The committee also addressed one of the most controversial issues, namely whether to compensate States that built toll or toll-free Interstate highways without Federal funds before the program got underway. The report recommended a funding credit, with the fund to be used to improve other types of roads. Clay believed that the same idea should be applied where the States had constructed sections of the Interstate System to desirable standards.
The Federal Government would establish a Federal Highway Corporation that would issue bonds to pay the Federal share of the Interstate System. Revenue from the gas tax would be dedicated to repaying the bonds and continuing the other elements of the Federal-aid highway program at existing levels. Because receipts from the gas tax would increase as traffic grew, no increase in the tax would be needed for the Interstate System or the remaining Federal-aid program.
Unveiling the President's Proposal
In the State of the Union Address on January 6, 1955, President Eisenhower made clear that he planned to move forward with his highway program. With national prosperity continuing, he said he would be issuing several messages on major programs. One would concern highways, namely the need for "a modern, efficient highway system," which he indicated "is essential to meet the needs of our growing population, our expanding economy, and our national security."
He planned to release the Clay Committee's plan on January 27, but his advisors, some of whom favored Federal construction of toll roads, were divided on the plan. The CEA wanted greater control of tax, toll, and bond rates to allow for management of the economy. Treasury Secretary George Humphrey wanted a clear link between gas tax receipts and the finance corporation, while the BOB wanted any profits from tolls to go to the Treasury Department.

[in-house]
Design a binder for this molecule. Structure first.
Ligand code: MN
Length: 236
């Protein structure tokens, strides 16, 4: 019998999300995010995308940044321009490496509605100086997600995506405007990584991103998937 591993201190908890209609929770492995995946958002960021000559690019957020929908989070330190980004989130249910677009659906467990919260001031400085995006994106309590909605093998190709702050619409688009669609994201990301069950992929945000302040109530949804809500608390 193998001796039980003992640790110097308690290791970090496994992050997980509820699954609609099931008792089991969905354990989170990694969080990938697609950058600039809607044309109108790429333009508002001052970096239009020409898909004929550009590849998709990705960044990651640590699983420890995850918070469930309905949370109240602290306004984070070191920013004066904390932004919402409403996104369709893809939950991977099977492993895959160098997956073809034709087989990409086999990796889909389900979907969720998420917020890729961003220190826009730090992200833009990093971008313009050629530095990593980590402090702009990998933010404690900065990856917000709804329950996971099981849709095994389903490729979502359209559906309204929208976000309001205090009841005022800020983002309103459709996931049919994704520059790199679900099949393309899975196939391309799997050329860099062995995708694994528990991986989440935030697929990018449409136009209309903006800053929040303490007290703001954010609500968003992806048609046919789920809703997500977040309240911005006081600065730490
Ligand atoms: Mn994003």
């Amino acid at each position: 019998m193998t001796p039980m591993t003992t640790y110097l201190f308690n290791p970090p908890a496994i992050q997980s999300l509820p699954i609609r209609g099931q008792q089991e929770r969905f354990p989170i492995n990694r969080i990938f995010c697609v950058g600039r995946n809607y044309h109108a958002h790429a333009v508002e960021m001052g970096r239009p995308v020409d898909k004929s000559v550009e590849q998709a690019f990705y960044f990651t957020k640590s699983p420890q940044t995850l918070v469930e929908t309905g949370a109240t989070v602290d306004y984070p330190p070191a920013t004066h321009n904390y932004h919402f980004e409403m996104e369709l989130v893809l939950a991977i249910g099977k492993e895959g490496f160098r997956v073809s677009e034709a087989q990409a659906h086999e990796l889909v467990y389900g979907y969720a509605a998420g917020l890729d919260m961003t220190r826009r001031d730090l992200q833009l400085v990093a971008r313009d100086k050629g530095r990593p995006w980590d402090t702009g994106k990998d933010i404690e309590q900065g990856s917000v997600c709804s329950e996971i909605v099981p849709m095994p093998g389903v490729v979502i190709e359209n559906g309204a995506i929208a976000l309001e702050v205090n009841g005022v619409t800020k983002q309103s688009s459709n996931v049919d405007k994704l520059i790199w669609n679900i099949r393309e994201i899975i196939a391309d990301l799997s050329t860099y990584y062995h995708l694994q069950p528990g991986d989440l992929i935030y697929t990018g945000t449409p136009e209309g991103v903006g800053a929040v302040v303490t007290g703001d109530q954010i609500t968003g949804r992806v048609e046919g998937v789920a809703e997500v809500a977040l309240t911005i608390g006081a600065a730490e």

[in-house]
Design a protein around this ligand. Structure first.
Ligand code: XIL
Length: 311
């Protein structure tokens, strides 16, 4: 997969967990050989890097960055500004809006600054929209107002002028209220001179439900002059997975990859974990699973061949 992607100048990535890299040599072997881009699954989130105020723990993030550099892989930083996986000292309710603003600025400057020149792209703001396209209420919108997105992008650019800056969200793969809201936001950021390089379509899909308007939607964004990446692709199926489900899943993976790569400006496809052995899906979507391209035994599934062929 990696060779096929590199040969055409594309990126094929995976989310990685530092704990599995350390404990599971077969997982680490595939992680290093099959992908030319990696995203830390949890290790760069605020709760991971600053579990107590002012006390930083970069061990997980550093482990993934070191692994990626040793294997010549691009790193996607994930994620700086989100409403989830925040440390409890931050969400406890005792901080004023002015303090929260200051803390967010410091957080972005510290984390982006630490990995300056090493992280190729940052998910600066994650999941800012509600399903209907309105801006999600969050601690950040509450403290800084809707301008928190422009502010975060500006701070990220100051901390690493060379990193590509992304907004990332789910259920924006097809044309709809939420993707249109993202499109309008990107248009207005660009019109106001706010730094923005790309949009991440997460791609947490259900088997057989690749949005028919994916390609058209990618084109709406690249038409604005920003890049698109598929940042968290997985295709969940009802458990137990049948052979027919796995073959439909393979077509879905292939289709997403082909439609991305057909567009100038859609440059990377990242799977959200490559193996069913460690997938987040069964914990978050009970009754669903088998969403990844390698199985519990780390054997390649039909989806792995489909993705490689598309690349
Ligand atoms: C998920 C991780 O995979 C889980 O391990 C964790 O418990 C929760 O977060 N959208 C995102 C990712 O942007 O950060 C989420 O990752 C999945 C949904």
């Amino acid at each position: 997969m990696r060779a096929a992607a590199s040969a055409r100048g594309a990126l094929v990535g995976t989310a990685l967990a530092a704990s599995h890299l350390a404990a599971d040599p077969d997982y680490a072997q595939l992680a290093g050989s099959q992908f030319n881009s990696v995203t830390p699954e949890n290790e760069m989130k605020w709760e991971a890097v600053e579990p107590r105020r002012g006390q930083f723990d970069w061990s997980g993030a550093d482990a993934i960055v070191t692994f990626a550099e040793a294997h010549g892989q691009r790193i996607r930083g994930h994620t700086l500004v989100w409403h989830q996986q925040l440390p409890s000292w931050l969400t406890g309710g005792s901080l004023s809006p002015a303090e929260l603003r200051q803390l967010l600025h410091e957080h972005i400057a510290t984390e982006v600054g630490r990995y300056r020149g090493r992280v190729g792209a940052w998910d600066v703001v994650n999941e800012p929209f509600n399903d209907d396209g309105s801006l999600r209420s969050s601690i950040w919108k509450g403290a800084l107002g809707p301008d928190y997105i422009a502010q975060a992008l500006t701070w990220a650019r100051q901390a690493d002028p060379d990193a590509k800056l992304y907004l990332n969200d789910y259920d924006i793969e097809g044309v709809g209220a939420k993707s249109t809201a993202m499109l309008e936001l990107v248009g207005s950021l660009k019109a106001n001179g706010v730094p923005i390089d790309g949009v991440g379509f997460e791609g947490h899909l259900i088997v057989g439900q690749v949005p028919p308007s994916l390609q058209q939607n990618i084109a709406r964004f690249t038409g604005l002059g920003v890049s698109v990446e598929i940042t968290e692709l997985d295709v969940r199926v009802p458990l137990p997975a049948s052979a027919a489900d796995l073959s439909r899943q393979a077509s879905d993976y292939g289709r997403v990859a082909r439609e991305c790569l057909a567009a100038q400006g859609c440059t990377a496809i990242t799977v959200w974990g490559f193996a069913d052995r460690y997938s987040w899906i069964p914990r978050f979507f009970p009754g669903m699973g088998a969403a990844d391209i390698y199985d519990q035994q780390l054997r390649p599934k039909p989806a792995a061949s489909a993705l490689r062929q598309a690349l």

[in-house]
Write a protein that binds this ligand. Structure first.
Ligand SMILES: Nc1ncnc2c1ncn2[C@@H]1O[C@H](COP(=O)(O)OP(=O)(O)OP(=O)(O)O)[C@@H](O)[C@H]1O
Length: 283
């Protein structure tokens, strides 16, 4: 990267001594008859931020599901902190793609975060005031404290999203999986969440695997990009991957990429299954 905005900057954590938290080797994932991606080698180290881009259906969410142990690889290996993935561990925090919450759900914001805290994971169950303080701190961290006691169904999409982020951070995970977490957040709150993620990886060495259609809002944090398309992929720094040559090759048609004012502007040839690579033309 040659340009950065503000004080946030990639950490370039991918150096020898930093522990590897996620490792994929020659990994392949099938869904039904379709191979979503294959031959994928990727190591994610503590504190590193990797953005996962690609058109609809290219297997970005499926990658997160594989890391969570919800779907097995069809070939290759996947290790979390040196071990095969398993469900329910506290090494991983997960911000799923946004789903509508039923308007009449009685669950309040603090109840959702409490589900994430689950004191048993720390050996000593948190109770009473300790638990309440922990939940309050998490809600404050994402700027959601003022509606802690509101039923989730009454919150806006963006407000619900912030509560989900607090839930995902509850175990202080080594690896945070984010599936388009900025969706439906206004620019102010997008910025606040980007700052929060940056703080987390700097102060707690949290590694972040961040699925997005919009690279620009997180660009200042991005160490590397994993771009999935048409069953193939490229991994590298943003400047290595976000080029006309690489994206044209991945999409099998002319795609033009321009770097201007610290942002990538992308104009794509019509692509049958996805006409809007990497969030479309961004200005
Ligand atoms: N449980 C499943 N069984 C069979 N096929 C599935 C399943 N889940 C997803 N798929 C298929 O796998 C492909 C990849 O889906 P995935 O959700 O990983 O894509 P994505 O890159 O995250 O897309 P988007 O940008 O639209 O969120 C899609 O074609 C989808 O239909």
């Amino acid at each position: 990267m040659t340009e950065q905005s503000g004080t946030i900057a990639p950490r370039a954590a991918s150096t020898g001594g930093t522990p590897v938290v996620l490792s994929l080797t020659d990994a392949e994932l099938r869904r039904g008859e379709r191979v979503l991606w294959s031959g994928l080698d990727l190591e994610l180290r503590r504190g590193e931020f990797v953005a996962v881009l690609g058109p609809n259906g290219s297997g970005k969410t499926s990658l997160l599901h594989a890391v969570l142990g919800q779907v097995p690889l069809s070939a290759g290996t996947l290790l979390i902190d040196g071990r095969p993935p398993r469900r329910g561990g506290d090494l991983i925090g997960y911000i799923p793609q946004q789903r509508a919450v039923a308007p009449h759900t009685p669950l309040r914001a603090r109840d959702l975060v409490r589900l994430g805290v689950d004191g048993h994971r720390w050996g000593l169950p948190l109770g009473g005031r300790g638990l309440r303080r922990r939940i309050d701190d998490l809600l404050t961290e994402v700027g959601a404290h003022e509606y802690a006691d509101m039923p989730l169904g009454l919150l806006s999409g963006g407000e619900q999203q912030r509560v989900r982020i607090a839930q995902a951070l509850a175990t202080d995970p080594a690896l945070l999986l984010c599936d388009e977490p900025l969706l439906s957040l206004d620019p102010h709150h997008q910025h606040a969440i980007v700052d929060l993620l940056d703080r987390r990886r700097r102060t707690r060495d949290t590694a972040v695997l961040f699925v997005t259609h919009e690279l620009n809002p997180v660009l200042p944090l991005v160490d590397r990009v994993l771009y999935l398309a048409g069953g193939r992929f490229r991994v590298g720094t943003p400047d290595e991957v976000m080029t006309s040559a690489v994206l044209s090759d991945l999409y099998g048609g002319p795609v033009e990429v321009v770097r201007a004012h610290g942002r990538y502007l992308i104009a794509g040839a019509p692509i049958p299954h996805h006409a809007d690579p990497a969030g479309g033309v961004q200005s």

Even the President had one reservation. In a January 11 meeting with Clay, the President expressed "tremendous enthusiasm," but asked why the committee had recommended gas taxes to repay the bonds instead of tolls, which the President personally favored. When Clay explained that tolls would work only in the heavily populated sections of the East and West Coasts, Eisenhower accepted the explanation. Overall, though, he thought the plan was consistent with his own interest in being able to regulate the economy. He wrote to Clay on January 26 that the program would give the government the ability to avoid the "peak and valley experience" and "many serious and even unnecessary difficulties."
January 27 came and went, however, with the internal debate unresolved until a high-level meeting took place on February 1, with Sherman Adams representing the President. After the dissenting views were considered, Adams agreed with General Clay and the matter was resolved.